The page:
I have a recurring nightmare where I am hiking along a steep mountainside in the dusk of evening. I must reach safety before dark and I must watch where I step or I shall fall far into the caverns below. Waking from these nightmares I recall thankfully that Christ will find me wherever I am and bring me safely home with Him. I will not be lost, for not one of His sheep are lost. He is the Good Shepherd.

And because of the Church and its liturgical dance of love, I know His voice when he calls my name. Like Mary Magdalene at the empty tomb, I recognize Him by his voice. Like the disciples at Emmaus I see Him in the breaking of the bread. He is real. He is love.

I also have a recurring dream in which I am flying like a bird, low over green hills, arms outstretched like wings. I can sense in the dream that my arms must push downward through the air so that I can rise, as though I am swimming. It is a beautiful dream, a soaring dream, and one beating with love.

And so like these green hills, drenched and quenched by the rain, I am drenched and quenched by Christ. Christ in sacrament and scripture, in song and dance, in the breath of each day. I know that nightmares will be redeemed by dreams, dark terrors turned into bright joys.

As the clergy and acolytes recessed down the red-carpeted aisle toward the open doors of the narthex, the crucifix held high, the torches aflame, we sang the wonderful Hymn #88, “Jesus Lives,” written by German poet Christian Gellert in 1757 and set to the tune “St. Albinus” in the 19th century by Henry Gauntlett. We are instructed in the top left corner of the page to sing joyously and so we do. I particularly like the first and fourth verses, for they sing of the promise of the Good Shepherd:

 Jesus lives! thy terrors now/ Can no longer, death, appall us;/ Jesus lives! by this we know/ Thou, O grave canst not enthrall us. Alleluia!

Jesus lives! our hearts know well/ Naught from us his love shall sever;/ Life, nor death, nor powers of hell/ Tear us from his keeping ever. Alleluia!

Healthcare of the Soul

I’ve been exercising more and feel the better for it. I have chronic low back pain and exercise helps a great deal, stretching and strengthening those tiny but crucial muscles around the vertebrae. 

And during this holy season, these holi-days, of Advent, I exercise both body and soul and feel the better for it. 

We all know that we must fight fat and cholesterol and carbs and calories and sugar in order to be healthy. We must do thirty minutes daily of aerobics so that our heart rate will rise and our blood move freely through our arteries to feed our flesh and return through our veins and into our pumping heart to begin again the journey of circulation. We know now, in this modern world of ours, through words on pages and in media of all kinds, lots of “how-to’s,” lots of self-helps. We know that “natural” is good (although the definition of natural remains elusive), that fish is better than meat, that baked is better than fried, that fresh is better than frozen, canned, or cured. Dark veggies and bright fruits should fill our plate. We must avoid fries, hamburgers, hot-dogs, and pizza. I fear that we what we really want is white rolls rather than brown, white rice rather than whole grain, fast food rather than slow. We know a great deal about how to have healthier bodies.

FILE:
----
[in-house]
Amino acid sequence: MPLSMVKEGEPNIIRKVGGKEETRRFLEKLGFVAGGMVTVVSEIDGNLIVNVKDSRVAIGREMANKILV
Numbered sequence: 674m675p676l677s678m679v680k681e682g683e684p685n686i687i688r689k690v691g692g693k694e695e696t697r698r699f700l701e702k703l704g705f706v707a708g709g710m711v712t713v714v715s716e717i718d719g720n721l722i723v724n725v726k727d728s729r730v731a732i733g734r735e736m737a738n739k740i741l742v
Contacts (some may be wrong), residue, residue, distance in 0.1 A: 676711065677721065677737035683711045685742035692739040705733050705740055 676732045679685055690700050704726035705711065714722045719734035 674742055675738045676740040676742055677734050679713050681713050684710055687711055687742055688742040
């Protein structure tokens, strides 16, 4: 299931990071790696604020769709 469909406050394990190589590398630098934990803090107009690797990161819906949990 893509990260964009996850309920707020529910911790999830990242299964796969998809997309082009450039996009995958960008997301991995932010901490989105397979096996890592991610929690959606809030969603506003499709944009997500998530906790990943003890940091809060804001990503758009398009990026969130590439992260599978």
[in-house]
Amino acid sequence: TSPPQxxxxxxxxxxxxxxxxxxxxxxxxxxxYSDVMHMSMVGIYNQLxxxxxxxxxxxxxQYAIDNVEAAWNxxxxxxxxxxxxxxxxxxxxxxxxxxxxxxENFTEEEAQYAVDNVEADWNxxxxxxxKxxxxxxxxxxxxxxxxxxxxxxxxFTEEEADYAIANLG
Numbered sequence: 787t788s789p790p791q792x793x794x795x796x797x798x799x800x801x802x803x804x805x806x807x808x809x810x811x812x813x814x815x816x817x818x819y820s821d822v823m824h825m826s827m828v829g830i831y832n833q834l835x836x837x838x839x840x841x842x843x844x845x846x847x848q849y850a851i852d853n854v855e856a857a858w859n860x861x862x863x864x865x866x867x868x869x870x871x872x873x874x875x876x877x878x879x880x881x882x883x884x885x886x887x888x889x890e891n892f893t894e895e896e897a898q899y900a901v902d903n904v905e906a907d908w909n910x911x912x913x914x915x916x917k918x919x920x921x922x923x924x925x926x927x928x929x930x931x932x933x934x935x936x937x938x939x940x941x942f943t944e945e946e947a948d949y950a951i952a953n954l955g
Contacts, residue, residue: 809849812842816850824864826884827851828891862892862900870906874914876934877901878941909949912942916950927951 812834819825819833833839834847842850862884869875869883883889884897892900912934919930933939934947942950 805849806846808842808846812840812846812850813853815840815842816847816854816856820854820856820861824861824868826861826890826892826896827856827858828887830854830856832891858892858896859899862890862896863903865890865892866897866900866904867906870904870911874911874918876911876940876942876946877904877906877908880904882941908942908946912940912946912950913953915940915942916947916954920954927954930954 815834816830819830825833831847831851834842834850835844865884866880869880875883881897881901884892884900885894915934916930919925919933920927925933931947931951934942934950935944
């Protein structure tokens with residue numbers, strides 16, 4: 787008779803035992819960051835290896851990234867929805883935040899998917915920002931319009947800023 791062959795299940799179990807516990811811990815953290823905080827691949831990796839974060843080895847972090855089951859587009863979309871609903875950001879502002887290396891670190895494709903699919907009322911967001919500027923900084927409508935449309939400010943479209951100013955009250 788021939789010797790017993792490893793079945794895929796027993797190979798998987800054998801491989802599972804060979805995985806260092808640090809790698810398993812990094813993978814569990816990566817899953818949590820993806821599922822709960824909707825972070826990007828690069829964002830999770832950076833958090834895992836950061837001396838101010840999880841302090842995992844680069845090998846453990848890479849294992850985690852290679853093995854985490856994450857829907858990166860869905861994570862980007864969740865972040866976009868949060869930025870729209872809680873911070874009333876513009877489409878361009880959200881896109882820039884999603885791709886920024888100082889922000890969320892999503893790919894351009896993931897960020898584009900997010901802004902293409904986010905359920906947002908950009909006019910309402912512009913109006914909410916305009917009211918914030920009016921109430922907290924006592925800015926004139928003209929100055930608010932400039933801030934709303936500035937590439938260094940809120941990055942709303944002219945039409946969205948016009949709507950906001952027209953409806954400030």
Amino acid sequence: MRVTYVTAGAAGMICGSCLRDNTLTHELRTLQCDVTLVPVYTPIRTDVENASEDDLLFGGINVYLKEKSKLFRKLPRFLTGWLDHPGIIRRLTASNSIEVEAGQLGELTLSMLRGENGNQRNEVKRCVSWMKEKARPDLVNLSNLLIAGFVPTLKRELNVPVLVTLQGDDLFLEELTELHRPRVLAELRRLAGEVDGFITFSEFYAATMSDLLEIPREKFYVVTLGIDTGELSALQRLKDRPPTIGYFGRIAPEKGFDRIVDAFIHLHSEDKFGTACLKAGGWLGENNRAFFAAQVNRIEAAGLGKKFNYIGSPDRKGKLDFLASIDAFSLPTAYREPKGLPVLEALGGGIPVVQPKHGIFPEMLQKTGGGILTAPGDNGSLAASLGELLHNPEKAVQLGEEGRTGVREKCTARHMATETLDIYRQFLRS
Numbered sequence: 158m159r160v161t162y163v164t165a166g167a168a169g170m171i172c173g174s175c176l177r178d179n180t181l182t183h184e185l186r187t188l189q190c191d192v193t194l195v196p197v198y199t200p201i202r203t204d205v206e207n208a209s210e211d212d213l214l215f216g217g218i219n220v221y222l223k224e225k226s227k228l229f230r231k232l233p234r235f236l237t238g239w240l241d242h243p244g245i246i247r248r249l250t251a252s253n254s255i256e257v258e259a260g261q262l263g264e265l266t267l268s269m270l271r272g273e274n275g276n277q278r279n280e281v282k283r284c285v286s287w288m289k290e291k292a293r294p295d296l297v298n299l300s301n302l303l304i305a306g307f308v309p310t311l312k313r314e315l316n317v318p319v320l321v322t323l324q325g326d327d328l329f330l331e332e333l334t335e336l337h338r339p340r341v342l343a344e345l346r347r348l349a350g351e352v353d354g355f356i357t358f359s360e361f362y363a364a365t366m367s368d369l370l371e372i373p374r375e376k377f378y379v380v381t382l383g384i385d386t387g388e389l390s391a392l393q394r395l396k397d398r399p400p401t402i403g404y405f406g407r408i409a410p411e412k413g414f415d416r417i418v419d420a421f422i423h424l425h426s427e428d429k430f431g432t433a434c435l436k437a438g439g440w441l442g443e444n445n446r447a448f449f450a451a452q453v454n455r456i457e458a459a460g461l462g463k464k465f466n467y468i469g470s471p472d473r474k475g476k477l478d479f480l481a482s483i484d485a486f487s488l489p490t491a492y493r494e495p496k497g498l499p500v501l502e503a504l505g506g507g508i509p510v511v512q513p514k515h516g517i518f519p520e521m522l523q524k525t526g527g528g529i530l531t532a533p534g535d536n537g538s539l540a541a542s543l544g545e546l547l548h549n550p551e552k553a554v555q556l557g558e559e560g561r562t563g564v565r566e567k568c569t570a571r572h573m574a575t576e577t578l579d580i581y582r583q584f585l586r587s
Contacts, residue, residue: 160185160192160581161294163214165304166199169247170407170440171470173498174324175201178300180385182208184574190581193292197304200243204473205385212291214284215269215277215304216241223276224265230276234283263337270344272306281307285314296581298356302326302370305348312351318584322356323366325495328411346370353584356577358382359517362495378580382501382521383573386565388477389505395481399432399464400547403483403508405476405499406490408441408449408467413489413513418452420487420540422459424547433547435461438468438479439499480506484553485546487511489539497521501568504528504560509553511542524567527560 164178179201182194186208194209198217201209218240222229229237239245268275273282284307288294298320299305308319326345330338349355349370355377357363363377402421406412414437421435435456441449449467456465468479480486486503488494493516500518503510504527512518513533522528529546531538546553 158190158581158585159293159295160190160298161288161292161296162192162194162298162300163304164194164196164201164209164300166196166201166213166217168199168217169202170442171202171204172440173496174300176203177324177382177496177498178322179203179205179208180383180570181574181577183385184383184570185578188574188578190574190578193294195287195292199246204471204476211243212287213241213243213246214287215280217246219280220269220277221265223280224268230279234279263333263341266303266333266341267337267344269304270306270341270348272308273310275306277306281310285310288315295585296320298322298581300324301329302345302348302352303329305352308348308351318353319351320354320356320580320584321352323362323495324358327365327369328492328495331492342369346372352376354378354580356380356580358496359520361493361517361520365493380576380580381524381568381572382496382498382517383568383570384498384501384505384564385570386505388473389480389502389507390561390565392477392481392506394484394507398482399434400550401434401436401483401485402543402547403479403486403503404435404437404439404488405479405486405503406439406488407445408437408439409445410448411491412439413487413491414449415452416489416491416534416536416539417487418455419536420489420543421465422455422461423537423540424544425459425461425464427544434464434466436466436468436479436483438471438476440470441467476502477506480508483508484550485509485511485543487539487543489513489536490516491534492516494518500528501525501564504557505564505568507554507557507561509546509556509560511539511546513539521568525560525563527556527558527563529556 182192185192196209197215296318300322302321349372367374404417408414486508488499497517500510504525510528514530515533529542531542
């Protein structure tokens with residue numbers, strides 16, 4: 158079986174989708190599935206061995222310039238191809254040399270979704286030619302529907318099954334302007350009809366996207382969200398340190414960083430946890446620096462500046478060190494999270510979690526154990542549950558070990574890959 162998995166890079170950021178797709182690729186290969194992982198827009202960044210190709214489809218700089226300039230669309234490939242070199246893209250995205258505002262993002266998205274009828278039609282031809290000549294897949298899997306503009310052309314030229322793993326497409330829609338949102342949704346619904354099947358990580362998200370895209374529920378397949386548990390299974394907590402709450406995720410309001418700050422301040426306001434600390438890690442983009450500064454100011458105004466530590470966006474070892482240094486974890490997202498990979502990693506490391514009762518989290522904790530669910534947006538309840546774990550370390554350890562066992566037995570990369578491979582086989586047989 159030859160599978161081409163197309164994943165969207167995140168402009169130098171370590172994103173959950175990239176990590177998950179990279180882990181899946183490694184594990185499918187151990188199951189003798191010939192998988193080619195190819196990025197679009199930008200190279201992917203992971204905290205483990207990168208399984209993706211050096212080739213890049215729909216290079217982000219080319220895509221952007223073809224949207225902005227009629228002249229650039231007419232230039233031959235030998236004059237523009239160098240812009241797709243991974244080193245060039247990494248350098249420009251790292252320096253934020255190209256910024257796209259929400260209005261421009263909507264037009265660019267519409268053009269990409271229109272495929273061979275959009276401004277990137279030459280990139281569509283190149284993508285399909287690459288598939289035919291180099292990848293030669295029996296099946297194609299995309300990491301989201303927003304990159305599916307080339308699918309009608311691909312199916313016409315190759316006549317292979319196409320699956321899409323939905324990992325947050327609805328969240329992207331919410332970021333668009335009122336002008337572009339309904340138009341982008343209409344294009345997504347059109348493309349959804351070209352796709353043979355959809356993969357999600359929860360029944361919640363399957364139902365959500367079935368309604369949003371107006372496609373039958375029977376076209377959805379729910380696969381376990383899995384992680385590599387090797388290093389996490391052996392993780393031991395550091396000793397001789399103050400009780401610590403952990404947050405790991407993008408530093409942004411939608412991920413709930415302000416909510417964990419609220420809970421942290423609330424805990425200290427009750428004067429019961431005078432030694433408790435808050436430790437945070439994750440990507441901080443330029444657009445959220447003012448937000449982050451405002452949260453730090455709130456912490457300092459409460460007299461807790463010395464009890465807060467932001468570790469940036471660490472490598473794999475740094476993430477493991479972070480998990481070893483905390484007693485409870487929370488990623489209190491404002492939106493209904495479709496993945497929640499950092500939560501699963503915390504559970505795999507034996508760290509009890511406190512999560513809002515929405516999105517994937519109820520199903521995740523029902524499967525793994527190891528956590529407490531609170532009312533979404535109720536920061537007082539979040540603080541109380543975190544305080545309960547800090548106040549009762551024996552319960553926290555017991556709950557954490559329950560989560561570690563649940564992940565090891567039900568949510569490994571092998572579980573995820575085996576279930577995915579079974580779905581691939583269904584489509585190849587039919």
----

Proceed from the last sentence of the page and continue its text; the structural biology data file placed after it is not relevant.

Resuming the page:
As I rolled along on the elliptical machine, pushing and pulling, I thought of these things. I thought how lopsided our society had become, as though we walked with one leg instead of two, dragging the weak leg, the spiritual leg, behind. We seem to be unaware that we limp, listing to one side. We don’t notice the odd rhythm of our step, the scraping noise of our sick soul pulled along, for we are used to being unbalanced. Then we wonder why we feel a sad pain in the ignored area of our souls, our hearts and minds, why we get depressed, why life seems overwhelmingly meaningless. We look to pills and other self-help mantras, rather than diet and exercise suitable for souls. 

We ignore our souls as we exercise our bodies. We starve the spirit and feed the body. We are unbalanced, undernourished, weak. Just as we feel physical pain, we feel spiritual pain. How do we exercise and feed our souls to assuage that pain, that longing for something (or Someone) greater, that anguish that weaves through life, ambushing us unawares? I for one want to walk straight and tall and without a limp. I want to assuage my spiritual pain. I want a soul regimen, one with good diet and exercise.